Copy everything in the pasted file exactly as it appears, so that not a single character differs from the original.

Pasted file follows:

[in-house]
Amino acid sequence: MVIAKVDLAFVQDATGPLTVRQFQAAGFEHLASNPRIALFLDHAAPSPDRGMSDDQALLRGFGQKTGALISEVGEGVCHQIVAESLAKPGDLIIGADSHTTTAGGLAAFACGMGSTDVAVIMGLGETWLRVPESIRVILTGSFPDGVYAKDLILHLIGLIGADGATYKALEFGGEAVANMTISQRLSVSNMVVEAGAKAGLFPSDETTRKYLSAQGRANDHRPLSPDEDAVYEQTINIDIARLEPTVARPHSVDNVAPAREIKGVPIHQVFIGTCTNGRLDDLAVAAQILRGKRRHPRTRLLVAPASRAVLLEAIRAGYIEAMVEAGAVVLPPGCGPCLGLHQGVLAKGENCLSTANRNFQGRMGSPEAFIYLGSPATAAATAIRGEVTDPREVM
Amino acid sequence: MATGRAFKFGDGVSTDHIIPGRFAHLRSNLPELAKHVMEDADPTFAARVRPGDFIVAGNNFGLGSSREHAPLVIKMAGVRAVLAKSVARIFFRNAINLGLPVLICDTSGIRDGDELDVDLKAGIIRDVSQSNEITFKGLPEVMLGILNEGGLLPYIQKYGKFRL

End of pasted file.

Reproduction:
[in-house]
Amino acid sequence: MVIAKVDLAFVQDATGPLTVRQFQAAGFEHLASNPRIALFLDHAAPSPDRGMSDDQALLRGFGQKTGALISEVGEGVCHQIVAESLAKPGDLIIGADSHTTTAGGLAAFACGMGSTDVAVIMGLGETWLRVPESIRVILTGSFPDGVYAKDLILHLIGLIGADGATYKALEFGGEAVANMTISQRLSVSNMVVEAGAKAGLFPSDETTRKYLSAQGRANDHRPLSPDEDAVYEQTINIDIARLEPTVARPHSVDNVAPAREIKGVPIHQVFIGTCTNGRLDDLAVAAQILRGKRRHPRTRLLVAPASRAVLLEAIRAGYIEAMVEAGAVVLPPGCGPCLGLHQGVLAKGENCLSTANRNFQGRMGSPEAFIYLGSPATAAATAIRGEVTDPREVM
Amino acid sequence: MATGRAFKFGDGVSTDHIIPGRFAHLRSNLPELAKHVMEDADPTFAARVRPGDFIVAGNNFGLGSSREHAPLVIKMAGVRAVLAKSVARIFFRNAINLGLPVLICDTSGIRDGDELDVDLKAGIIRDVSQSNEITFKGLPEVMLGILNEGGLLPYIQKYGKFRL